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Jan 1, 2009 1:17 am


The Cliopatria Awards, 2008



In conjunction with the AHA annual meeting in New York, here are the fourth annual Cliopatria Awards for History Blogging. Thanks to the judges this year, who made the difficult decisions necessary to pick the best work from strong fields: Manan Ahmed, Another Damned Medievalist, Rebecca Goetz, William Turkel, Jeremy Boggs, Lisa Spiro, Jonathan Dresner, Elle, Ph.D., Jeremy Young. They have done a fine job. Thanks also to Jonathan Dresner for creating the 2008 logos. Here, then, are the winners and brief explanations of the judges' rationale for their decisions:

Best Group Blog: The Edge of the American West

Witty and insightful, the Edge of the American West puts the group in group blog, with frequent contributions from an irreverent band that includes several historians, a grad student in philosophy, a grad student in literature, and a software developer. Always entertaining, often enlightening, the blog features snazzy visuals—graphs, photos, videos—and zippy writing on everything from meditations on Obama, to a reflection on the 1967 Detroit riots, to tips for preparing for an academic job interview.

Ari Kelman and Eric Rauchway of the history department at UC, Davis, founded The Edge and are now joined in it by others.

Best Individual Blog: Northwest History

In addition to a strong focus on the historical materials and historiography of the American Northwest, Prof. Cebula introduces and explains digital resources and techniques with great range and depth. The writing is engaging and incisive and the result both entertaining and very useful.

Larry Cebula is a Public Historian at Eastern Washington University and Assistant Digital Archivist at the Washington State Digital Archives.

Best New Blog: Wynken de Worde

Wynken de Worde is a blog about books: not only their history, but also their cultural significance and myriad uses. It's richly illustrated and always immensely thoughtful. Though the focus is on Renaissance and Elizabethan materials, Sarah Werner brings the history to life, and also addresses the present state of books, reading and intellectual property as well.

Dr. Sarah Werner is Director of the Undergraduate Program at the Folger Shakespeare Library and a scholar of Shakesperean and Renaissance drama.

Best Post: Claire Potter,"What Would Natalie Zemon Davis Do?" Tenured Radical, 19 June 2008.

In this eloquent, well-argued response to the blogger Rusticus' attack on women's history and women historians, Potter uses a 1988 exchange between Natalie Zemon Davis and Robert Finlay to illustrate how women's history can"illuminate what it meant to be human" while showing"how to argue in a civilized way." She argues that historians succeed because they persuade their colleagues, male and female; this blog post is a good example of one such success.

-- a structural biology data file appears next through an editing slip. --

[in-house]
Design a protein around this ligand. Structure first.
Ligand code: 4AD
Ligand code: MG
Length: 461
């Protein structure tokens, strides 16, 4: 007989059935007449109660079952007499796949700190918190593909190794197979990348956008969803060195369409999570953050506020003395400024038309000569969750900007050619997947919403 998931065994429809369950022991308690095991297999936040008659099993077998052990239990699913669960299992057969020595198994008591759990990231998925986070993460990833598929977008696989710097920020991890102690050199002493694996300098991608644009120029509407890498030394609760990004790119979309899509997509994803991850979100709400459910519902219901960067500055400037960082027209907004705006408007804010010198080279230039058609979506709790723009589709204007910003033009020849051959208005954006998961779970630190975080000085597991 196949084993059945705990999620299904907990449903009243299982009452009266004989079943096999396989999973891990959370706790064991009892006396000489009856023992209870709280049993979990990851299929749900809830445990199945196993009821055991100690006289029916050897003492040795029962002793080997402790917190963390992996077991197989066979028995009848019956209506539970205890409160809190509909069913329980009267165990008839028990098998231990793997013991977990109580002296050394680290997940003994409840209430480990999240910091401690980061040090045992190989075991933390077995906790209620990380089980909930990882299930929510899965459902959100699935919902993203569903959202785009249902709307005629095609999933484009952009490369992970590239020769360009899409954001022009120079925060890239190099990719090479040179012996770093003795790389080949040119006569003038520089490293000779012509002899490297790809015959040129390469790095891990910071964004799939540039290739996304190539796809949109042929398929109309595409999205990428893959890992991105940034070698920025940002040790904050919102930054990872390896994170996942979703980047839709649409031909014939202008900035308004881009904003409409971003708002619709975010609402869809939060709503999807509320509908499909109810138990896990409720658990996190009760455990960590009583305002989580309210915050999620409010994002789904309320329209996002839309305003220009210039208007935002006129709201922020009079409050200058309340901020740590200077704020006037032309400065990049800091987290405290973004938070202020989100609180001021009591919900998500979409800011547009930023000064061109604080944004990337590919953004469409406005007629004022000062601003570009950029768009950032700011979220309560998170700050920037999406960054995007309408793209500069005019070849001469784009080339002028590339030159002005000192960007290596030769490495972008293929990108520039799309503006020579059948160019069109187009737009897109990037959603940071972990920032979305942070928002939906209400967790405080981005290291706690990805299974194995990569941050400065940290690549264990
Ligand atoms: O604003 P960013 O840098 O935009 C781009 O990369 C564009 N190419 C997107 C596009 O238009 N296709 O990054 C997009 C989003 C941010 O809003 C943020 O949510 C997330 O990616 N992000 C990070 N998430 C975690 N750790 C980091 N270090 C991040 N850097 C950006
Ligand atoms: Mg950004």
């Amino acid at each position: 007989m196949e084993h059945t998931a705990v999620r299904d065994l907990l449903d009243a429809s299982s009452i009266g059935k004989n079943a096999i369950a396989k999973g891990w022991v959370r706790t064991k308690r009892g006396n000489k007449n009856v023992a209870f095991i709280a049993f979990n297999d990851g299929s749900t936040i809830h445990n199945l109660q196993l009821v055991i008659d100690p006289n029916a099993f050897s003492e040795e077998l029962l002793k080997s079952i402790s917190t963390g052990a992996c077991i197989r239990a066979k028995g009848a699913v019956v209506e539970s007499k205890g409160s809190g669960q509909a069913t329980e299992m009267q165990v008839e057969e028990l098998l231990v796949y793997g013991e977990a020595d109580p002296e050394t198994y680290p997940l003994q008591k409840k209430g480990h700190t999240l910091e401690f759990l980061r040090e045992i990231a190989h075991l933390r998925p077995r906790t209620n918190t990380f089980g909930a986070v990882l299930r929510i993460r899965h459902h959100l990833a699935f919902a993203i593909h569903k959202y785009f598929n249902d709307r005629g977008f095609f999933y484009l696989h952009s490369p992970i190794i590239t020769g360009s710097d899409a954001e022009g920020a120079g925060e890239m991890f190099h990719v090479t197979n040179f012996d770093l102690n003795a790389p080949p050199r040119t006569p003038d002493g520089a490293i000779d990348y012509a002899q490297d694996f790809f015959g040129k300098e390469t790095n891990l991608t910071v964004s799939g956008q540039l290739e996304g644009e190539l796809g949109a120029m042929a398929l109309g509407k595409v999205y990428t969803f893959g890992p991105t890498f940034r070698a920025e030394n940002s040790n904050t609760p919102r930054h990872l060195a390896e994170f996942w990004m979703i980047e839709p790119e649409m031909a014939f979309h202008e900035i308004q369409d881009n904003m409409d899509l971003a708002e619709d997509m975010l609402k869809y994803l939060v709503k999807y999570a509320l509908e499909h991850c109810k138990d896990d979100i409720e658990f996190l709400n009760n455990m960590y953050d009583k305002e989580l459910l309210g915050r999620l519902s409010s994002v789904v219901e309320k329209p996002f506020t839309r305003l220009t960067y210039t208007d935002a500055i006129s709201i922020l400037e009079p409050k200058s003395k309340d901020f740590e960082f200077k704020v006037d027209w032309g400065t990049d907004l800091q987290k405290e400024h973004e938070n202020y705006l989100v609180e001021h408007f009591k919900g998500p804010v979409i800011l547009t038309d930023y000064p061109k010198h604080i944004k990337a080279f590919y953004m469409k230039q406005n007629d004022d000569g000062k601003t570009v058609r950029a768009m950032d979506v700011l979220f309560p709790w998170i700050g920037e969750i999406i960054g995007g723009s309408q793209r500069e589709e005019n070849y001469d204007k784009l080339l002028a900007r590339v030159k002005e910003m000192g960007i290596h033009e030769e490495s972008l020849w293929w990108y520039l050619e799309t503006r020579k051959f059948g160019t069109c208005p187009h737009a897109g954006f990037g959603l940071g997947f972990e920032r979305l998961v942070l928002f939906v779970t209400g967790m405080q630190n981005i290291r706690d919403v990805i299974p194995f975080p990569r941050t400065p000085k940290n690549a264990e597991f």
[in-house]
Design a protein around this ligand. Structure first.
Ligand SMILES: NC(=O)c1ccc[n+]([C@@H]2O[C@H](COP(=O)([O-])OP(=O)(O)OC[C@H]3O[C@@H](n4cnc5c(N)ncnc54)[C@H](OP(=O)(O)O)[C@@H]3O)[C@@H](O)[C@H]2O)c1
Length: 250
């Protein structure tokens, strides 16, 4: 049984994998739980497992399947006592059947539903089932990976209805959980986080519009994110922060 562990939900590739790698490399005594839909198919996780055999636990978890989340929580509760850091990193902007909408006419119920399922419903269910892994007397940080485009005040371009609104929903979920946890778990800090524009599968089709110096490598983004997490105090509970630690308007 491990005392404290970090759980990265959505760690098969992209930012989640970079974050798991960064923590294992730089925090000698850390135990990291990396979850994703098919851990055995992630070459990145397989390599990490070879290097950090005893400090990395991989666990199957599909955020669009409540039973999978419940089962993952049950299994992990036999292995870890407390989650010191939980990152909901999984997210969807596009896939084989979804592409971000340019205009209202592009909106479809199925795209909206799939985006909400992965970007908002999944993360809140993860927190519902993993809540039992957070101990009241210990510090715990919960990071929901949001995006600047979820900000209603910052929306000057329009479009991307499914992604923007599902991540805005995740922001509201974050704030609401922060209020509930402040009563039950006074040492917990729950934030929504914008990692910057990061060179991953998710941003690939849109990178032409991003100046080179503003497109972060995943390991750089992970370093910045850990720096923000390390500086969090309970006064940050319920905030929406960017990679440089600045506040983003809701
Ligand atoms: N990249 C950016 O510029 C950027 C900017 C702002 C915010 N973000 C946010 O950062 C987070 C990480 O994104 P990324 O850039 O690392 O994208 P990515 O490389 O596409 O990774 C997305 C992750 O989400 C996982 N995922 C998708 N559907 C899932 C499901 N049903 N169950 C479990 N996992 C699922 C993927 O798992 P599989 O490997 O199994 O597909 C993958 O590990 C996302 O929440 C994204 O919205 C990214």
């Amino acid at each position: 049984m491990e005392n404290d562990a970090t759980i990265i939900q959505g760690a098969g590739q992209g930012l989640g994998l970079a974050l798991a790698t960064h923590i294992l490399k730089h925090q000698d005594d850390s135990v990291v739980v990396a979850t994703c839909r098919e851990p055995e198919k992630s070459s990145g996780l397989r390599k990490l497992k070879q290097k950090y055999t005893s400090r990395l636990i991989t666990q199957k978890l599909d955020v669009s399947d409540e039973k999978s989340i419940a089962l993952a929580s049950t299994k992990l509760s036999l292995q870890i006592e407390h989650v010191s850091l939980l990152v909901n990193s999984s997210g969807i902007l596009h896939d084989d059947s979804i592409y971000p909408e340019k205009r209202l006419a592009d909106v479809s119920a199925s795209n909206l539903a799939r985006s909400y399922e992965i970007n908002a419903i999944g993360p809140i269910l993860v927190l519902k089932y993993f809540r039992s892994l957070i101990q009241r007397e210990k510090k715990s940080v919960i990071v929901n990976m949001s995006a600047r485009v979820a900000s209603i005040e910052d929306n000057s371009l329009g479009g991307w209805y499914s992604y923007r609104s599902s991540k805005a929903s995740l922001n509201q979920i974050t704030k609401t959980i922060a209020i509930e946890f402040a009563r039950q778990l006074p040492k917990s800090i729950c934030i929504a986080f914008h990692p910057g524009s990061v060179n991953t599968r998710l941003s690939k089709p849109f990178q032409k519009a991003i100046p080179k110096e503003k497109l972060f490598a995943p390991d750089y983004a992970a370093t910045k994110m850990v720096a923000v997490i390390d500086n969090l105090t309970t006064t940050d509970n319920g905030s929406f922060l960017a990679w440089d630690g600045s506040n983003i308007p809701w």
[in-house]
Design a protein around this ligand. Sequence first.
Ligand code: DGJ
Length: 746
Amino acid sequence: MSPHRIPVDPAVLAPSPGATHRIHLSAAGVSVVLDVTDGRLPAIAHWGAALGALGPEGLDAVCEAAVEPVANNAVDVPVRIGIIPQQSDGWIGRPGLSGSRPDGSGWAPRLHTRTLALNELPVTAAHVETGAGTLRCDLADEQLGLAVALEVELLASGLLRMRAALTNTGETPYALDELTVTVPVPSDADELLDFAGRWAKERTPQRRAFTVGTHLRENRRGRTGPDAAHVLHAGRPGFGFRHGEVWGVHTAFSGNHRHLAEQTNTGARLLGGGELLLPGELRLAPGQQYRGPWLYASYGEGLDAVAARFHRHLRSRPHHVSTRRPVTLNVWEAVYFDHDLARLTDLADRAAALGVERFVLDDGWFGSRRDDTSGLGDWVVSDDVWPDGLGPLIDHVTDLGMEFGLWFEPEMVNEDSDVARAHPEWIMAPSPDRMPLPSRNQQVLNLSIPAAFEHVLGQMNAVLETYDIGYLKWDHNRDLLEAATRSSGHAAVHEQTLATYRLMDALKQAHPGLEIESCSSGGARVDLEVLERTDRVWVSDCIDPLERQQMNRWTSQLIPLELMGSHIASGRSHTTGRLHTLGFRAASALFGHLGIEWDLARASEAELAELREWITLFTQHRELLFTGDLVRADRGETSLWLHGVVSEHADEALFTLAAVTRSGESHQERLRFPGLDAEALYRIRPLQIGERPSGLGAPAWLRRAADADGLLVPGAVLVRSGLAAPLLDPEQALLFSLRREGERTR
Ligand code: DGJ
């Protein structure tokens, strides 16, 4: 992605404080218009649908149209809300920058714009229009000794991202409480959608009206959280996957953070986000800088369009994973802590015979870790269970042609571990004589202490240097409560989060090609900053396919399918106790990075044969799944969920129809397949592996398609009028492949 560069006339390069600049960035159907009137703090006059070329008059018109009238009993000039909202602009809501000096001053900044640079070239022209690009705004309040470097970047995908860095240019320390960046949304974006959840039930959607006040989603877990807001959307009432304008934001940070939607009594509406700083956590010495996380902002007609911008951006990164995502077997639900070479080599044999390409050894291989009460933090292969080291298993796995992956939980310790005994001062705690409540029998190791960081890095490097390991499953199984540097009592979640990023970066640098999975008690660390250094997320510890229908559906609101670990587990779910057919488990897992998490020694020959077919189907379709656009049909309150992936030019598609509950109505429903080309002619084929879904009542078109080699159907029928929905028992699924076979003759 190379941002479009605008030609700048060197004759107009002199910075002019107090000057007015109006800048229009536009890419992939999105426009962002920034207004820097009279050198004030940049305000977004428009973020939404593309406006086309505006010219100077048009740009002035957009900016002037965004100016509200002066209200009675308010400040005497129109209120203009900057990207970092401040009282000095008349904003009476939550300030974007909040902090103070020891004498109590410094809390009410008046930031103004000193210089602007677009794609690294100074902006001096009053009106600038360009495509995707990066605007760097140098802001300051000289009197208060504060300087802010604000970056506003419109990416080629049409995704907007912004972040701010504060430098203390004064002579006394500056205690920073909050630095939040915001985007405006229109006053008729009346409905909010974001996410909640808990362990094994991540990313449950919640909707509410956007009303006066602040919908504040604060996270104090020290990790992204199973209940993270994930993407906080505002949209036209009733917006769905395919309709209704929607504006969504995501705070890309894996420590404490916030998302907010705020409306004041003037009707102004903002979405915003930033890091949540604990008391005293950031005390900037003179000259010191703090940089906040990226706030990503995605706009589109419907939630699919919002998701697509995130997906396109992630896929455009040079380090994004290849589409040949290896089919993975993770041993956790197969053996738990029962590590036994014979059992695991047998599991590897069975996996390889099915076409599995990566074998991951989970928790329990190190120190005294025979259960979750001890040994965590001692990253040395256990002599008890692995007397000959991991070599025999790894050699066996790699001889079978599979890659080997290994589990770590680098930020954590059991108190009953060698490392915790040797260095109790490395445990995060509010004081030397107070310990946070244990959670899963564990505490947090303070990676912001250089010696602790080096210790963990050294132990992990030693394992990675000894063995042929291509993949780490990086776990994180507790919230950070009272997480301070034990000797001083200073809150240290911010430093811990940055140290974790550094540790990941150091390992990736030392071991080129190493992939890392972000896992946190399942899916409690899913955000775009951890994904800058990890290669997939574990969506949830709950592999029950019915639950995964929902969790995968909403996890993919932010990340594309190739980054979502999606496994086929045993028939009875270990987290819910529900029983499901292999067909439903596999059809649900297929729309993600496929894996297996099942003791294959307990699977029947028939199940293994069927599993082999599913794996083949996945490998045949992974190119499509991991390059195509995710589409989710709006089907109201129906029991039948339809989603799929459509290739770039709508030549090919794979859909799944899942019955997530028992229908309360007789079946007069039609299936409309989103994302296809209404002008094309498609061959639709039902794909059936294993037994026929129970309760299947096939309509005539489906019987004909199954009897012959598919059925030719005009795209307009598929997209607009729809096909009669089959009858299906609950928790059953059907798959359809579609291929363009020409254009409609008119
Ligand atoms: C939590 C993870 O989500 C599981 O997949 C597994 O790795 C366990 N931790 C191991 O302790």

Claire Potter is a professor of History and American Studies at Connecticut's Wesleyan University.

Best Series of Posts: Tim Abbott on Jonathan Trumbull's"The Death of General Montgomery", Walking the Berkshires, Jan. 12, Jan. 13, Jan. 14, Jan. 17, Jan. 18.

The examination of Jonathan Trumbull's famous painting, The Death of General Montgomery in Attack on Quebec, December 31 1775, over five posts at Tim Abbott's Walking the Berkshires is good scholarly writing and engaging analysis. Abbott raises intriguing questions about historical memory, as he guides his readers through the examination of historical records.

Tim Abbott is a conservation professional.

Best Writer: Zunguzungu

Whether in his examination of Henry Morton Stanley's encounter with Dr. Livingstone, or tracing the African imaginary in Charlton Heston's Naked Jungle or his expositions of John Ford's American West, Zunguzungu is always thought- provoking and illuminating. His writing consistently demonstrates a gift of narrative and the willingness to eschew easy questions. He draws heavily on visuals to augment his readings, but never at the expense of readability.

Zunguzungu is a graduate student in English. His project is broadly concerned with tracking the extent to which"America's Africa" and"Africa's America" have been mutually constitutive -- even, occasionally, dialogic -- narratives of identity.




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